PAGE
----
I loved the Griffin and Sabine stories. I didn't know what really to expect with this one, though I was expecting more letters. I was pleasantly surprised with the range of sculptures and collages created as the artifacts in the museum.

each section of the book is artifacts linked by the person in Purgatory that collected them. My favourite was the collaged letters kept by one of the people.

The collages really were my favourite part. I could see how they had been created since I read his other
Debra Komar
My love for Nick Bantock's work continues to grow. What a remarkable flight of imagination. His ability to couple his art with a narrative that gives it permanence and a backstory is incredible. He is a true artist, in every sense of the word.

I have not a clue.....this guy well I'm guessing he's not always lucid or dealing with a full deck.....maybe he only plays with the Jokers.

Shakes her head!
I don't think I am hip enough for this book.

I just didn't "get" it.

I liked the stories about the various Purgatorians, though.
Alan Marchant
artistic pennance

Nick Bantock's Museum at Purgatory is an art concept book in which eclectic collections of drawings and found-art are tied together by a curious story line. The various collections are supposed to illustrate the eccentricities and struggles of dead souls. The concept is the same as Bantock's earlier Griffin & Sabine. But this larger book suffers from too much overblown prose and artwork that is mostly insipid. It's as if Bantock's back room had become cluttered with unused i
sonya lent me a copy yay!

a fun read, though Bantock seems to try his best to inject weighty, thought-provoking questions into it. personally, i was too distracted by the artwork and the fact it was all created specific to the book to notice.

definitely going to have to read up on the various versions of the utopias and dystopias. i'd never heard of Fiddler's Green, for example, before i read Gaiman's Sandman series. nor Valhalla (which, ironically, is the name of one of my favorite songs right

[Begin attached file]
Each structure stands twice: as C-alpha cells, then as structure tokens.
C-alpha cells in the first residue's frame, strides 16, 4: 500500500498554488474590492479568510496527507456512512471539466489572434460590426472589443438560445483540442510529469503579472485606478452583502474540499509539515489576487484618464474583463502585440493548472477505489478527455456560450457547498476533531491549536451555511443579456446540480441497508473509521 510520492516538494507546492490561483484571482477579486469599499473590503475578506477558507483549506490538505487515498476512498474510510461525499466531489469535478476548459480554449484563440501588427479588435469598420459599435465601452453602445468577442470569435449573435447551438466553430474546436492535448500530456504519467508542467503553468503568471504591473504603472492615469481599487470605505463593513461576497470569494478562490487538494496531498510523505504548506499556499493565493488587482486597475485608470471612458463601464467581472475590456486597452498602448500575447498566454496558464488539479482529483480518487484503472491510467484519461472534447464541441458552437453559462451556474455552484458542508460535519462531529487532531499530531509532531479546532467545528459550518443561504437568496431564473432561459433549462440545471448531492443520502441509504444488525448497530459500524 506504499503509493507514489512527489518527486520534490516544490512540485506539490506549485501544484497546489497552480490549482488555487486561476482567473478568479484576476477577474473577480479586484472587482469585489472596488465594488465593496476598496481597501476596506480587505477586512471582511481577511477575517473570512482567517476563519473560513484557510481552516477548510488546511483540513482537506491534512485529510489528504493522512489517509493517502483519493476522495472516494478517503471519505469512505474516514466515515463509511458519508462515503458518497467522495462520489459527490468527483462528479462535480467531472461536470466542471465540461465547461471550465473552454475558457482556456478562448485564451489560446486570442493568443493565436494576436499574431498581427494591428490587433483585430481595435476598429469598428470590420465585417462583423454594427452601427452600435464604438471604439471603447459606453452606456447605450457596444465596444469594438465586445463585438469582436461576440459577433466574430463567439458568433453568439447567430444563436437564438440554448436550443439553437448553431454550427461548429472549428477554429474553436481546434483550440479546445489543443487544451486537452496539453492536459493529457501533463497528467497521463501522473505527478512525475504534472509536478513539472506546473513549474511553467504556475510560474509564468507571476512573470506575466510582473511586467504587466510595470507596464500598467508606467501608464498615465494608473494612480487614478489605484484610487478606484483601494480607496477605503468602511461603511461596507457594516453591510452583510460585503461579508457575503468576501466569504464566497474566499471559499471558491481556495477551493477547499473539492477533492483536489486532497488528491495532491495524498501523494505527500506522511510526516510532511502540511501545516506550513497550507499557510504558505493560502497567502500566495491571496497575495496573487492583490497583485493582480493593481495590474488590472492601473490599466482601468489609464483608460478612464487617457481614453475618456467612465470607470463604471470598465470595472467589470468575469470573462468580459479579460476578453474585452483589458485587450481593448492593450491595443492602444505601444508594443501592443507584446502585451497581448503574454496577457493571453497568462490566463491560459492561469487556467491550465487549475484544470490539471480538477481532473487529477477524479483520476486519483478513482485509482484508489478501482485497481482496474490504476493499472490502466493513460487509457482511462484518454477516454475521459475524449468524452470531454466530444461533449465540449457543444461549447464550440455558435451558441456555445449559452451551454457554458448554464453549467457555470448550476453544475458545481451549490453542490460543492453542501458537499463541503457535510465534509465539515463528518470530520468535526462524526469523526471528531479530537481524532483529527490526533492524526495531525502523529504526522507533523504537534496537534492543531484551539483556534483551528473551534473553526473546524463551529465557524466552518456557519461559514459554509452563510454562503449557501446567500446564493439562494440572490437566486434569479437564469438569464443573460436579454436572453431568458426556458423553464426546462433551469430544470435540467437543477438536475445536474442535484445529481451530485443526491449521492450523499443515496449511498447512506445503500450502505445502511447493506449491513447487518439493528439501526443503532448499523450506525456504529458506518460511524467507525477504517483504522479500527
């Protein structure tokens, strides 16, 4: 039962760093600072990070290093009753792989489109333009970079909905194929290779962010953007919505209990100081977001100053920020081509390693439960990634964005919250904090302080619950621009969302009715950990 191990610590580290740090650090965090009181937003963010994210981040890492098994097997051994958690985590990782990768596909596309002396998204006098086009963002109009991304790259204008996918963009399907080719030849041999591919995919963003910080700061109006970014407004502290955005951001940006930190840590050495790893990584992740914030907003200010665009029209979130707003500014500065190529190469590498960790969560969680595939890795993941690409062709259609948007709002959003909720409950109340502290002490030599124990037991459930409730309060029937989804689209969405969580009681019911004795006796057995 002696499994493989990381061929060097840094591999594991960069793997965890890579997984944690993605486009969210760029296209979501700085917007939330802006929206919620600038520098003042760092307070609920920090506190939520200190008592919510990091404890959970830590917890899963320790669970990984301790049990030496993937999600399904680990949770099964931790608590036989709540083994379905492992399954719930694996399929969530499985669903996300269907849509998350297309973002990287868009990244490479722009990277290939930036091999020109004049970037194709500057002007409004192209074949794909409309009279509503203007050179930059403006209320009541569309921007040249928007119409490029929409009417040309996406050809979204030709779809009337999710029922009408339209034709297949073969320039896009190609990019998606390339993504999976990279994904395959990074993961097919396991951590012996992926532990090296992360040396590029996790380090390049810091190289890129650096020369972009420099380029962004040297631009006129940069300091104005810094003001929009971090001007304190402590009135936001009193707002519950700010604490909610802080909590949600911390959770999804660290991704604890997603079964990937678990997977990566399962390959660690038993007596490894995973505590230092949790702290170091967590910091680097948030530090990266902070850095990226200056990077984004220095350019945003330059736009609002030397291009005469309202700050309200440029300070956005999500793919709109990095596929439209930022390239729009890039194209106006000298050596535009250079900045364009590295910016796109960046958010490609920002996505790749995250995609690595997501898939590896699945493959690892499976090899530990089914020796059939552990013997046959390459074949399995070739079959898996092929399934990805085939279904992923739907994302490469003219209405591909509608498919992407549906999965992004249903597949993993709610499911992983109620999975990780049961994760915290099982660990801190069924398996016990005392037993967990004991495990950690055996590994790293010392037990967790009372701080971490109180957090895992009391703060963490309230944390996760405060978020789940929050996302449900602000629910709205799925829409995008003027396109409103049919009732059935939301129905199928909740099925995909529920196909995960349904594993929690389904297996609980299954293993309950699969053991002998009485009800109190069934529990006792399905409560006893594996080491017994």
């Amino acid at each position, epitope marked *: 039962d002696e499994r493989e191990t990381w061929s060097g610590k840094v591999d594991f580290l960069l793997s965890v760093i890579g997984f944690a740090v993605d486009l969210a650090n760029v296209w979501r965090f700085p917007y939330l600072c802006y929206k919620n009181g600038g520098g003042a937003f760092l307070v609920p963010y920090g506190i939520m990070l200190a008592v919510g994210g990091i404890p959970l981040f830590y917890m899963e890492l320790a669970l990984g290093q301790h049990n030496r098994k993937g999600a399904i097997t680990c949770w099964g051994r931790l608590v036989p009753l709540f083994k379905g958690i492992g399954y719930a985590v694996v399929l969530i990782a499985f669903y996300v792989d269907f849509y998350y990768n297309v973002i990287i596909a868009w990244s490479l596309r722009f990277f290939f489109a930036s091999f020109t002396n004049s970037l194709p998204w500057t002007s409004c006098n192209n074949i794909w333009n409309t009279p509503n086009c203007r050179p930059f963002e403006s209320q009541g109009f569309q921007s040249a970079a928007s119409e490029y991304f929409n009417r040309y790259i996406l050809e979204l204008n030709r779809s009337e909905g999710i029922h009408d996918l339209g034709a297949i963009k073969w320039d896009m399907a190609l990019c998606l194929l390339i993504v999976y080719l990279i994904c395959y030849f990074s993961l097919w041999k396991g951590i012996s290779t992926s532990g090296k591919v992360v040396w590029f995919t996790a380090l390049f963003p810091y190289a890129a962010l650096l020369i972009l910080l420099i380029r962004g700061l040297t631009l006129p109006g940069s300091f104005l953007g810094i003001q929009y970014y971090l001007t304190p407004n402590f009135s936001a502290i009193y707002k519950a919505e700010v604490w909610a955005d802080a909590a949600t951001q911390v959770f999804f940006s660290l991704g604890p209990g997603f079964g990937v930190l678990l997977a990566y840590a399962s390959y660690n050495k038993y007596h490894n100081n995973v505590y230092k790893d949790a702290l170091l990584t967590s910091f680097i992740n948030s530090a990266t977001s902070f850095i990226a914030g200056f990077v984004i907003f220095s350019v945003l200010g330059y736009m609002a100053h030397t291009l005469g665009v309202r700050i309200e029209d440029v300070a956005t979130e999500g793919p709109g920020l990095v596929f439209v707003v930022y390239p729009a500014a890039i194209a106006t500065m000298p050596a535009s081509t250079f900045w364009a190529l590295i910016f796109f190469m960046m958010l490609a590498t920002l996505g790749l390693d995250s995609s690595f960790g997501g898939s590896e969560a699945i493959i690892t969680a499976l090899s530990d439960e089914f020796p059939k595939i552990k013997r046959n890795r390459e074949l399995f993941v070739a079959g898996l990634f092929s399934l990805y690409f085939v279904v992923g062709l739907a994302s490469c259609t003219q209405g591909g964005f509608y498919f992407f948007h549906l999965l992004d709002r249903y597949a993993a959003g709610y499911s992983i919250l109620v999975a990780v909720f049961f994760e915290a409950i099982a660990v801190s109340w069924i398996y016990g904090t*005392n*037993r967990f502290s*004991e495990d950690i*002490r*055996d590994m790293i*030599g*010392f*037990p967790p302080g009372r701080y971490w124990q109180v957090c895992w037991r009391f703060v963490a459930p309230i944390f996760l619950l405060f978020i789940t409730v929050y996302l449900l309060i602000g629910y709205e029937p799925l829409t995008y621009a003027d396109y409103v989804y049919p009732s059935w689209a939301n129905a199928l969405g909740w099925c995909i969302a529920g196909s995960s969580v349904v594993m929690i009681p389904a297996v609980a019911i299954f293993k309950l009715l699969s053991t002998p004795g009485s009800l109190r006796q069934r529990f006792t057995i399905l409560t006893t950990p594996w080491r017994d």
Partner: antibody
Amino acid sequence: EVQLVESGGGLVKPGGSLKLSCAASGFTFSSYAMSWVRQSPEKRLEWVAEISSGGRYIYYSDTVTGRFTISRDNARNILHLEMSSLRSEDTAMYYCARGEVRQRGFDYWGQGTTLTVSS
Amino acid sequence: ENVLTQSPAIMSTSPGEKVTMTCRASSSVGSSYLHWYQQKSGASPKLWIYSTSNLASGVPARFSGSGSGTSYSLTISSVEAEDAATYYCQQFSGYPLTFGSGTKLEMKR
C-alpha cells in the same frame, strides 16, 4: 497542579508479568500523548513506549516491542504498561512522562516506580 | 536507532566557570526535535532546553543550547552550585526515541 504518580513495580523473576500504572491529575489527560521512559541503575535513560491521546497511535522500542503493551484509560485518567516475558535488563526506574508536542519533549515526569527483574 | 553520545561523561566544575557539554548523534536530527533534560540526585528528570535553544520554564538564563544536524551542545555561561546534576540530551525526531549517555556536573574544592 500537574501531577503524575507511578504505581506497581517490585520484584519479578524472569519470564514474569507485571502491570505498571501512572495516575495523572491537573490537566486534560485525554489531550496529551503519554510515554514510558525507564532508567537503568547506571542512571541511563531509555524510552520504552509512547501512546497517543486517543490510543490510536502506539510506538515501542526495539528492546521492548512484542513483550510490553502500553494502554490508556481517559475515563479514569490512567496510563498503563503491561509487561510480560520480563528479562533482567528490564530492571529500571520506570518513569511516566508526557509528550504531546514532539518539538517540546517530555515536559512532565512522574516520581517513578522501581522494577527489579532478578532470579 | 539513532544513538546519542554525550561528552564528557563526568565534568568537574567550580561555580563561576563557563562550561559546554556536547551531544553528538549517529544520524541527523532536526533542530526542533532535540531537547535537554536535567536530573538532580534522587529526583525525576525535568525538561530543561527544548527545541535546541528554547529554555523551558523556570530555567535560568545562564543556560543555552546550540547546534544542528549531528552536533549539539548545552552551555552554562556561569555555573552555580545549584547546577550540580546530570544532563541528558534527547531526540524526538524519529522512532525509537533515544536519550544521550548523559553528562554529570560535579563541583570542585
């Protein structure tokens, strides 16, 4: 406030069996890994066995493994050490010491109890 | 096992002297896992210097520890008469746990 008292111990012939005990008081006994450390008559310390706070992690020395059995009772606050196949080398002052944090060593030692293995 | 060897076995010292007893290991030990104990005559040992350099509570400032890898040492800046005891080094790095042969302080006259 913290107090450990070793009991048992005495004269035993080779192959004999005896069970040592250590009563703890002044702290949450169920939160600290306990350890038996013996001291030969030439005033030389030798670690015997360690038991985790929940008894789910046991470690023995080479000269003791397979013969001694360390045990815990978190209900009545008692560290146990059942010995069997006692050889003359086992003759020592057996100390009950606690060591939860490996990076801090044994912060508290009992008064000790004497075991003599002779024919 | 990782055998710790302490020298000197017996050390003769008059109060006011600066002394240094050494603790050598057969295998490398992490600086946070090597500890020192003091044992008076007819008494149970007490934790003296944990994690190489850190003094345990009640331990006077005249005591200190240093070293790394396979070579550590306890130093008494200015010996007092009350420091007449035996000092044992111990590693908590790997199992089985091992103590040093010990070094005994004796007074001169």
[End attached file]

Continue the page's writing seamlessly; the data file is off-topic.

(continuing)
Aug 11, 2010 Miriam rated it 3 of 5 stars
Shelves: art
Individuals in Purgatory are represented by collections of art and objects, some brought with them from their lives, others created there; this is the conceit for Bantock's art-fiction. Interesting in concept, it suffers from a defect common to this type of assemblage; namely, that the artworks are all too clearly by the same person. This book would have worked much better had Bantock stuck with using the narrator, Non the Curator, as his representative and persuaded other artists to take on the ...more
This short and elegant fiction touches on a unique perspective of the meaning of life and the experiences of the dead in the afterlife. It manages to be tragic, hopeful and dryly humorous.
The chapters follow a sampling of the innumerable collections that are meaningful to the curator who is the narrator. The collections are all the objects that had meaning to the deceased. True to Bantock's style several plots lines are being balanced to order to tell the story on the central character.

I enjoyed this, though maybe not quite as much as the others of Bantock's I've read so far. Very interesting re-definition of the role of purgatory, and the possibilities for where souls go after their time there. Fascinating quote: "It would seem to me that in death, unlike life, we no longer suffer from the socially enforced collusion that requires us to accept a single version of reality"
what i learned from this book: while the shape-shifting museum at purgatory seems interesting enough, i probably wouldnt go out of my way to visit unless i was already in the area. the premise of the book was interesting but the book left me wanting more imaginative description, less moralizing and less cheese. color illustrations raised my rating by a star.